Though the lyrical themes of Club Shy stay consistent with Shygirl’s past work, the star of the EP is in the quality of her vocals, rather than lyricism. Like Swedish pop songwriters of the 90s and early 2000s, Shygirl hones in particularly on her vocal delivery to convey feeling. “With the cadence of my voice, I tend to incorporate my breath into everything. The breathing is just as important as the words. I like to inject that reality into the work and hit a sweet space between escapism and reality,” she said in Mixmag. The combination of raw vocal emotion and instrumentals that vibrate throughout the body is key to the visceral experience of listening to Shygirl’s music. This technique shines particularly on “mute” (with Lolo Zouaï), as the track’s hypnotic, looping synths are grounded in a distinct sense of frustration. Caught between an exhale and a groan, Shygirl’s repeated “huh?” (as in, “huh? What did you say?”) clearly illustrates her disdain for boys who “think they’re cute” blowing up her phone. The high, nasal autotune on Shygirl’s voice gives it an eeriness that contrasts with Zouaï’s silky smooth vocals—barely rising above a whisper, Zouaï’s disinterest is blissful and self-assured. The sonic dichotomy, paired with discordant synths, results in a track that’s both haunting and enticing, proving Shygirl’s ability to create soundscapes that are more than uncomplicated dancefloor fodder.

Collaborators are present on every track of Club Shy, and “4eva” is one of the most outstanding, as Shygirl and Empress Of amplify each other’s oozing sensuality The pulsating synths conjure the alluring claustrophobia of dark club corners, rather than the anthemic openness of the dancefloor that comes through in tracks like “thicc.” Shygirl’s staccato delivery of lines like “body to body, hit me, babe” is reminiscent of the precise and powerful emcees in the ballroom scene, and the track features classic house music signatures that define ballroom music. Shygirl has highlighted her admiration of Black queer art: “Even growing up, being mixed race and being raised mainly by my white family, it’s been a journey and very hard finding the spaces that I feel welcomed by. And the Black queer community, especially, has been one that’s always welcomed me with open arms,” she said in Mixmag. While not an emcee like Shygirl, Empress Of brings the same irresistible attitude that characterizes ballroom music to her bilingual English and Spanish verse, tantalizingly offering, “Yeah, I see you stare / You want it, you want it, I’ll show you where.” Together, the two revel in their desirability, but the moment doesn’t feel performative solely for a partner’s pleasure—like so much of Shygirl’s music, “4eva” captures the intoxicating feeling of being wanted to harness a self-confidence that is free from external validation.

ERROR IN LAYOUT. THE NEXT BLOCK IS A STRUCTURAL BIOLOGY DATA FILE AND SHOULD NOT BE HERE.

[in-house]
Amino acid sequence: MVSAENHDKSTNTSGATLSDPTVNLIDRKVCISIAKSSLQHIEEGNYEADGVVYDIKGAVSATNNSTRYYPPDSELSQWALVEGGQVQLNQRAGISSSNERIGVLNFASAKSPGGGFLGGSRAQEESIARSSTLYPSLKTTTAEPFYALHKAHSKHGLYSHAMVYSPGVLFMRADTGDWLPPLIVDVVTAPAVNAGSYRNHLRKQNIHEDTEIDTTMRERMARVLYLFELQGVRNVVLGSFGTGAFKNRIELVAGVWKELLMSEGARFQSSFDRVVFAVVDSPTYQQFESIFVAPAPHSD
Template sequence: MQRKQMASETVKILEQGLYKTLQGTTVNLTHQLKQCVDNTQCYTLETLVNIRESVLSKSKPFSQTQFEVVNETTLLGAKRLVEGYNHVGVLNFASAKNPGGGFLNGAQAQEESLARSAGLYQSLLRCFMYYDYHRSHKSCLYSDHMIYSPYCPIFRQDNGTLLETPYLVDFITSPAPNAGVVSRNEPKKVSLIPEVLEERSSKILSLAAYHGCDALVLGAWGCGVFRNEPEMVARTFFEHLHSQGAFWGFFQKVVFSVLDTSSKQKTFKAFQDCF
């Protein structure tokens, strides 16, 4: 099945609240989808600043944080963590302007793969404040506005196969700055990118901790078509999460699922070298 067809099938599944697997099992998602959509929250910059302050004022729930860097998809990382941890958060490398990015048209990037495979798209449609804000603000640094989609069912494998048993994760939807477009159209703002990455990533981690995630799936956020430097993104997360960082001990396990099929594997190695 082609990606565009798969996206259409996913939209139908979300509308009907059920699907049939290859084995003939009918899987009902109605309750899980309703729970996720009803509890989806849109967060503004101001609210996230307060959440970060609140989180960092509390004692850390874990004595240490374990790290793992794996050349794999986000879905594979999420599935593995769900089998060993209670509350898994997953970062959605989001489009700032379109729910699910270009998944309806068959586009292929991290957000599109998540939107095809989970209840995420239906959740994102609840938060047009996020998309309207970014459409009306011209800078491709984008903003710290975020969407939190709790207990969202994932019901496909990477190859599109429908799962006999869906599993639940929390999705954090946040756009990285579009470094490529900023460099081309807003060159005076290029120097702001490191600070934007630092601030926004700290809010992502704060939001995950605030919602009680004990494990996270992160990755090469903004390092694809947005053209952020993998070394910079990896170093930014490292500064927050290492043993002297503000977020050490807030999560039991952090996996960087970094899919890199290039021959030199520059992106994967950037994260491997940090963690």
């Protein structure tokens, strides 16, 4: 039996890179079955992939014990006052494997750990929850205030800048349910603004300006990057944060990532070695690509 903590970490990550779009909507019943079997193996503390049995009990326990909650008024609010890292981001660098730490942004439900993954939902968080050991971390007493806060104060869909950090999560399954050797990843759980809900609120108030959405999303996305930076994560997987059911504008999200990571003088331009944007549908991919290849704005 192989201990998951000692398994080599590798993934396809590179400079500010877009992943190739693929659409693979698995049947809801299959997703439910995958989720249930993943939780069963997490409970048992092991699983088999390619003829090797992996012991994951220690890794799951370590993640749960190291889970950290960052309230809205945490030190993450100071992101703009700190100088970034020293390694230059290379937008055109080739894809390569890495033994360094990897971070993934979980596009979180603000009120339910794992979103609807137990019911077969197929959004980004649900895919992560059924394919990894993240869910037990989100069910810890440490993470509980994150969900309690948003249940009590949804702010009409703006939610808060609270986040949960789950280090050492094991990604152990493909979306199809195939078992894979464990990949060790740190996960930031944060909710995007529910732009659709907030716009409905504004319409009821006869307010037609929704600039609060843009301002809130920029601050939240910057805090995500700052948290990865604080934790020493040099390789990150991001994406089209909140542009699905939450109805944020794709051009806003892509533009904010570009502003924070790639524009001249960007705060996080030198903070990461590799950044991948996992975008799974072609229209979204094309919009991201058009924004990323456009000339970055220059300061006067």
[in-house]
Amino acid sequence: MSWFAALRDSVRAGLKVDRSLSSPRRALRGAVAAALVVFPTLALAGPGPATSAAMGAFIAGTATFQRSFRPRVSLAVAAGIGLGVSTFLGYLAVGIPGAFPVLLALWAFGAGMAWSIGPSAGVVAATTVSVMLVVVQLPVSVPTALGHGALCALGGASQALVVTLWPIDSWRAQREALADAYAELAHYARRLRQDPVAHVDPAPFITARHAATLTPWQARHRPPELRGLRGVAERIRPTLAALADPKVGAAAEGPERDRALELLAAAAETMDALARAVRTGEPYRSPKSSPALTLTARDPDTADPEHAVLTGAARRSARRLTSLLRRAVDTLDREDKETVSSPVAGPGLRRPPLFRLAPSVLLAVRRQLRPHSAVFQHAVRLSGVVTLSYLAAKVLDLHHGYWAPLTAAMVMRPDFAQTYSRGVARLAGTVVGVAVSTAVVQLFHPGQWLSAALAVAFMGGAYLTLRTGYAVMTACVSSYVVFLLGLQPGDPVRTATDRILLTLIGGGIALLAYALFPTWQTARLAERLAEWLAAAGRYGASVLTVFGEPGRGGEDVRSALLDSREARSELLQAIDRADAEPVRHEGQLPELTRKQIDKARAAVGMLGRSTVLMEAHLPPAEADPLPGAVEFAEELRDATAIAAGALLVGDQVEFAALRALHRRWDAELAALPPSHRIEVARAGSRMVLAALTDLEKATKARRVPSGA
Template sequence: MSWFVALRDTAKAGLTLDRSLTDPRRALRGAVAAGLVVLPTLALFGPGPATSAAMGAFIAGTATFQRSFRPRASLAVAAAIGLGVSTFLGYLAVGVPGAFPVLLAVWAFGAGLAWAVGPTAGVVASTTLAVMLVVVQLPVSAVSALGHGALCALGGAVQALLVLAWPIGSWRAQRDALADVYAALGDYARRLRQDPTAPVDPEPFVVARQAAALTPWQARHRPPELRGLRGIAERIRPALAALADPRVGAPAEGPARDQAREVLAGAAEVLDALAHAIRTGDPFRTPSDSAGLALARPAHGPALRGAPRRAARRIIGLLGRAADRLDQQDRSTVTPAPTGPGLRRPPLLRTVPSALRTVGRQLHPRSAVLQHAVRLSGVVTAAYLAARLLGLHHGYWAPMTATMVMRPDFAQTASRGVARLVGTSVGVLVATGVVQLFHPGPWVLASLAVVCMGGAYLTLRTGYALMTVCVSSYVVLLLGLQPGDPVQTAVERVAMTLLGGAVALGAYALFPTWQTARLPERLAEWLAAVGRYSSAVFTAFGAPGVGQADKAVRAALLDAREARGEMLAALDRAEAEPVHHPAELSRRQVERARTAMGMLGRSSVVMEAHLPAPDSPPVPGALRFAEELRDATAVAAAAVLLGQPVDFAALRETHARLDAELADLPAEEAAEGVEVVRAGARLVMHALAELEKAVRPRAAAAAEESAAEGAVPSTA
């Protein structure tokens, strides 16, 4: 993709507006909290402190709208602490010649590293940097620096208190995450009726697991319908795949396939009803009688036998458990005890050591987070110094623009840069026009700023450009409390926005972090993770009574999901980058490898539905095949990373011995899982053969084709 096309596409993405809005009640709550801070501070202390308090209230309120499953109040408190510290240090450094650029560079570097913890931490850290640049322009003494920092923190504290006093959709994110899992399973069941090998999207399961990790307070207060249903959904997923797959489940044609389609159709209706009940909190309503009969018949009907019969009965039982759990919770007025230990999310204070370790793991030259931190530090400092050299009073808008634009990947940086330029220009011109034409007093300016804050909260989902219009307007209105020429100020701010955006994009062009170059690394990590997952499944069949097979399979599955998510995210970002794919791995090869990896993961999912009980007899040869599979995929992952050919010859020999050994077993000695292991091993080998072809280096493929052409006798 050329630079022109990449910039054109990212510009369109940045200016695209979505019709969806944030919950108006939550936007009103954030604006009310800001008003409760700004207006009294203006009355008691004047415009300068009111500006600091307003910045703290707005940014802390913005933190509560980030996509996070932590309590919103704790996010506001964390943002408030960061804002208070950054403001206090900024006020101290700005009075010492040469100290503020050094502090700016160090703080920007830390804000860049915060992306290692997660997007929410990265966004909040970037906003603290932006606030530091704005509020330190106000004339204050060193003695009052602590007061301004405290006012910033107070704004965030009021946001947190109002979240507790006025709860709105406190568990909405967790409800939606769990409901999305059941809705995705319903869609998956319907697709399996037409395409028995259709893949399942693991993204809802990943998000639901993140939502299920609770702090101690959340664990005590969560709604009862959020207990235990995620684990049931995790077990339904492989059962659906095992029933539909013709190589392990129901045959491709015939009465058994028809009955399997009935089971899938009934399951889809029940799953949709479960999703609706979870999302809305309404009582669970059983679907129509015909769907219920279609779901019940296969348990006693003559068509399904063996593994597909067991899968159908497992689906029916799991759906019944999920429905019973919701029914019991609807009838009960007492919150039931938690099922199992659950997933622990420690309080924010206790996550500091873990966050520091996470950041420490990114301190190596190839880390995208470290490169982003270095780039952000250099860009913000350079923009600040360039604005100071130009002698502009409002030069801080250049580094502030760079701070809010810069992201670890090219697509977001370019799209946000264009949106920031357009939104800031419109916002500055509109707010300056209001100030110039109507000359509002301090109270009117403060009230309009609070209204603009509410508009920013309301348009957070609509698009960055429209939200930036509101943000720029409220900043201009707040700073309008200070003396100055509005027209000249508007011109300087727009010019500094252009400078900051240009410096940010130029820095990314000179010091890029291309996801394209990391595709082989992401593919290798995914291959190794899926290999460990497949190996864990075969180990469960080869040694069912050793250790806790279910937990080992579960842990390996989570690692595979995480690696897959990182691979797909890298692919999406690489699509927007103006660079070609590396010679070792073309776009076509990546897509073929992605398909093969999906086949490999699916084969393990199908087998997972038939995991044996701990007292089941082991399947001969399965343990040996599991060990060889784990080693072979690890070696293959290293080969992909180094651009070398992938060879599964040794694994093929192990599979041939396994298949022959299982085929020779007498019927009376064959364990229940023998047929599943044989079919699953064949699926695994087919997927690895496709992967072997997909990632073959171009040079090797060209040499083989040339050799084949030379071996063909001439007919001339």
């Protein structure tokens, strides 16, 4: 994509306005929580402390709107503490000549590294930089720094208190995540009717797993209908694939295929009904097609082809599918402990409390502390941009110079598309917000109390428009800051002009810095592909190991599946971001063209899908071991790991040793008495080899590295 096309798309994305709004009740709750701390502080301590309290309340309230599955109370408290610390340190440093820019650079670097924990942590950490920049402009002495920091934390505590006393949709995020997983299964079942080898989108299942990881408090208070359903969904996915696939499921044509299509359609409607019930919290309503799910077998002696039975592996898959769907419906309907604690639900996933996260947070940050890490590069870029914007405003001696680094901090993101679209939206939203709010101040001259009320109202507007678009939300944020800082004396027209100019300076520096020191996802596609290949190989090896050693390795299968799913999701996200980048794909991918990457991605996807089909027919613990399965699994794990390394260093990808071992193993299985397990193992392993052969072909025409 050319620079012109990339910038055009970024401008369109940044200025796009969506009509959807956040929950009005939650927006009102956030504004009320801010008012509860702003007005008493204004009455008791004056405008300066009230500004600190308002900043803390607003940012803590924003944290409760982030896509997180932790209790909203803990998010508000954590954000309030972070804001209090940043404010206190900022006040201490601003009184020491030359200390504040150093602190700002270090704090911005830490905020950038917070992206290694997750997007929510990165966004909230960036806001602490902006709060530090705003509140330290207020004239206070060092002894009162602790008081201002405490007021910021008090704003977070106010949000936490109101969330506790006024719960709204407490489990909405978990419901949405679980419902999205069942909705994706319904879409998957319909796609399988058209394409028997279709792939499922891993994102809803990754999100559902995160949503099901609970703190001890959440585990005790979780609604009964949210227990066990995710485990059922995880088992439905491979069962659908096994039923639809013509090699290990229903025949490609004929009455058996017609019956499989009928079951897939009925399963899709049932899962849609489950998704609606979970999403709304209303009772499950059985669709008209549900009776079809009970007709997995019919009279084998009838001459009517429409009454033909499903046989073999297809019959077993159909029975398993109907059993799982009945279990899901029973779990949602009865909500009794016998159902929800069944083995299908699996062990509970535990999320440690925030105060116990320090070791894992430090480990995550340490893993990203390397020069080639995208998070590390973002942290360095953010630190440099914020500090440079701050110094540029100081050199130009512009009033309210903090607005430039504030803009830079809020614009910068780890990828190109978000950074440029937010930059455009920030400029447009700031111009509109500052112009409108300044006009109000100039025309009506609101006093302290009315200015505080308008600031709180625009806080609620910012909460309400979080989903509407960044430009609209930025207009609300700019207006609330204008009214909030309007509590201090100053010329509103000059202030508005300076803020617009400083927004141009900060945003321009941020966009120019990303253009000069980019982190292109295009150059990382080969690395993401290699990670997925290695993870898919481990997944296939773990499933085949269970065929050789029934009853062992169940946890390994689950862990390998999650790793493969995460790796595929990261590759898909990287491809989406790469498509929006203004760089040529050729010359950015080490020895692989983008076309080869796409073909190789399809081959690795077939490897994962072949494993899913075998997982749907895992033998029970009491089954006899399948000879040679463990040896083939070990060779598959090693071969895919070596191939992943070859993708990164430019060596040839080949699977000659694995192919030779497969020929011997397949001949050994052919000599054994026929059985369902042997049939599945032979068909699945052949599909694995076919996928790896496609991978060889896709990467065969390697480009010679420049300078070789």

Short and sweet, Club Shy brings together everything that Shygirl does best—innovative and danceable beats, seductive lyricism, and enrapturing vocals make the EP just as pleasurable on the fortieth listen as it was on the first. While dance music might be derided as purely indulgent, Shygirl’s ties to the Black queer community and the sexual politics that course through her music assert that physical liberation can unlock new ways of relating to others and ourselves. Perhaps, we should all take a trip to Club Shy. 

Isabel Shepherd
Isabel is a senior in the college studying sociology, English, and art history. She loves trying new hobbies, but she isn’t very good at keeping them.